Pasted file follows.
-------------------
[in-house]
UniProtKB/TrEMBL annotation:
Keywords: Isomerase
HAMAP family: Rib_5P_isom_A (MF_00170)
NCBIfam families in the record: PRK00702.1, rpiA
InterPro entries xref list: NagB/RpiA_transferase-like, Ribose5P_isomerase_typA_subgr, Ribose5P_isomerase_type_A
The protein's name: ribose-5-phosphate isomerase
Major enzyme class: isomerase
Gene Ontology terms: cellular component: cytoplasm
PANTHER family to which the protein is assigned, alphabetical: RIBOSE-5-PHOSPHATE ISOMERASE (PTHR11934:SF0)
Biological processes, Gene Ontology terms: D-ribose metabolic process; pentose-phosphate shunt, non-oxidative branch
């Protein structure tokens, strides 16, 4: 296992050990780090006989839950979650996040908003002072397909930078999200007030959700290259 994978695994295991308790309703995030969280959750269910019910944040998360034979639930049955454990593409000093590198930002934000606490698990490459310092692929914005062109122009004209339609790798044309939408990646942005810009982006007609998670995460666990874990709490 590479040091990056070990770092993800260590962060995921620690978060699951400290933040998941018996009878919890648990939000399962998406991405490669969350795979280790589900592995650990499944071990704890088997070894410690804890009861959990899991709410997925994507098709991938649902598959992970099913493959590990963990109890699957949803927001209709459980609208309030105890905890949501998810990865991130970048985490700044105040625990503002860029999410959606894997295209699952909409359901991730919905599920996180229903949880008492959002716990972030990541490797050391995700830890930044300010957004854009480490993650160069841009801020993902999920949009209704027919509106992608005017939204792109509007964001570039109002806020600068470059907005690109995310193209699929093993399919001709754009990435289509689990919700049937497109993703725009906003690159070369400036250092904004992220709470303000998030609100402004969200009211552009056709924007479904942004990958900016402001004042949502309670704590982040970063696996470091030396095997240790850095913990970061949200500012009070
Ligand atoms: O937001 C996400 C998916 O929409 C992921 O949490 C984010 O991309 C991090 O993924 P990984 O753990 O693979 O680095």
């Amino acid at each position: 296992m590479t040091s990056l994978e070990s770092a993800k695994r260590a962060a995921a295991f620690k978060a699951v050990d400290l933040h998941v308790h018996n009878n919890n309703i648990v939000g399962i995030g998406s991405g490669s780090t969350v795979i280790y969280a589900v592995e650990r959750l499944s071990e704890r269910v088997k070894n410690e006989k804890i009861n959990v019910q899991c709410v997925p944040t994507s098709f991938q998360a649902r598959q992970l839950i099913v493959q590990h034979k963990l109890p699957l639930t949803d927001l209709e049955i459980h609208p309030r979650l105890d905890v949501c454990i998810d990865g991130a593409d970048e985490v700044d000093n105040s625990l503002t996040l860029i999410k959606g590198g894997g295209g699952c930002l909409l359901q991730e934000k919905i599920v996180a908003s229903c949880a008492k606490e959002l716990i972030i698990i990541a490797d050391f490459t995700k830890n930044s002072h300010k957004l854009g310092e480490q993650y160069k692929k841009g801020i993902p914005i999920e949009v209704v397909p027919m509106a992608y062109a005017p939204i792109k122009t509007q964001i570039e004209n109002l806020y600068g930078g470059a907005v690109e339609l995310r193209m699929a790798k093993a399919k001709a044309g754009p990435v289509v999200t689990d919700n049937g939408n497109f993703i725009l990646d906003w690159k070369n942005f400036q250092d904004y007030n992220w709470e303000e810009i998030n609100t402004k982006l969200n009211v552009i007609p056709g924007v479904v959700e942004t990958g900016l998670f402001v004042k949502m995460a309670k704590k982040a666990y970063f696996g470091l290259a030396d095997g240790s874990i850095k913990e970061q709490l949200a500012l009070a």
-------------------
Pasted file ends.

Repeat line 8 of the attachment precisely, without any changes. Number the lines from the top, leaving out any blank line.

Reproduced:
Major enzyme class: isomerase